The festival of the Virgen de la Candelaria, in many images, is celebrated on February 2 in various Hispanic Catholic countries, including Peru, Bolivia, Chile, Venezuela and Uruguay.
The celebrations in Peru and Bolivia are centered around Lake Titicaca, in Puno and the small village of Copacabana. In Bolivia, the Virgen is also known as the Dark Virgin of the Lake, and the Patrones Of Bolivia. She is revered for a series of miracles, recounted in Nuestra Señora de Copacabana and has another festival on August 5.
Normally, Copacabana is a quiet, rural village with fishing and agriculture the mainstays. However, the week before and the day of the fiesta, the village changes.
There are parades, colorful costumes, music and a lot of drinking and celebrating. New vehicles are brought in from all over Bolivia to be blessed with beer. People gather for days ahead to pray and to celebrate in a mixture of Catholic and native religions. Bolivian celebrants believe the Virgen prefers to stay inside the Basilica erected in her honor. When taken outside, there is a risk of storm or other calamity.
In Peru, Puno is known as the Folkloric Capital of Peru and lives up to this reputation in grand manor during this fiesta which lasts for days. The rites are centered around the observance of February second, and then a week later with the famed dances. Peruvian celebrants are not hesitant to take their statue of the Virgen around the streets of Puno in a staged procession.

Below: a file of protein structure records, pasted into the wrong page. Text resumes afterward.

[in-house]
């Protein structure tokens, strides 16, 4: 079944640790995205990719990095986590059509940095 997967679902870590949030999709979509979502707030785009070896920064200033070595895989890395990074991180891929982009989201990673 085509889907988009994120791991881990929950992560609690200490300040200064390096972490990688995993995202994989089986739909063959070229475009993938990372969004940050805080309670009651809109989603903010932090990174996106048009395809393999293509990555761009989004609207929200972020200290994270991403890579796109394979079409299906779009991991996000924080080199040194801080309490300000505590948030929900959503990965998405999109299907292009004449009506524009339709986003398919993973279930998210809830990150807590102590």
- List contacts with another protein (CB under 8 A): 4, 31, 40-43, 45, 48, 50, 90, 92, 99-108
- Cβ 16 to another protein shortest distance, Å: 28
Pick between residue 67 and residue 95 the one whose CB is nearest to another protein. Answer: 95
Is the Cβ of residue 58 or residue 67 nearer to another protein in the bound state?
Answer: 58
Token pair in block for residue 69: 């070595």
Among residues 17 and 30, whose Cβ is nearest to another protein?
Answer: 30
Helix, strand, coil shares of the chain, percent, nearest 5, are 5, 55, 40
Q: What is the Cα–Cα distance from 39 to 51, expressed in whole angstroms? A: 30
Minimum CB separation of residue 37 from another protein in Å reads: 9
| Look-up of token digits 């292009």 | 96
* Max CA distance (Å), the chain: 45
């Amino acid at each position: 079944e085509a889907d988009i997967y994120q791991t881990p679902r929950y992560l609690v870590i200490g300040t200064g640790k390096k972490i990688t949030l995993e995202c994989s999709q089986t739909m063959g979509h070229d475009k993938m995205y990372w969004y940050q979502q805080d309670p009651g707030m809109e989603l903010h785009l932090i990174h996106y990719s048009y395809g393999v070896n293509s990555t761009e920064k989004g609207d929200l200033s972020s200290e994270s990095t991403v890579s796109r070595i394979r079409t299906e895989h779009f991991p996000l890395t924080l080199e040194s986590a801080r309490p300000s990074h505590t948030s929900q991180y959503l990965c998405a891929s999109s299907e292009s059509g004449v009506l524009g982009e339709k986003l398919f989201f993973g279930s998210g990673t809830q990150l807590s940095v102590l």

The mixing of Christian and pagan is very evident here. Mamacha Candelaria, Mamita Canticha, and MamáCandi, are all names for the Virgen of Candelaria, the patron saint of Puno. She is also associated with Lake Titicaca as the birth of the Inca empire, with the cult of the earth, Pachamama. Men, women and children dance in her honor, to show their devotion and their thanks for her blessings. The celebration continues as a prelude to Carnival, as described in Máximo Esplendor Festivo.
The festival has two main phases. The first is described in El Día Principal Y Sus Ritos in which a procession carries the statue of the Virgen around the city, and dancers in lavish costumes from all walks of life join the parade. The dancers, by group, pause in front of the cathedral to be blessed with holy water, after which they are cooled with water thrown from nearby houses.
The second phase occurs on the Sunday after February second, called the Octava. On this day, El Segundo Gran Día : La Octava, costumed groups from the neighborhoods of Puno dance day and night in religious fervor and competitive spirit.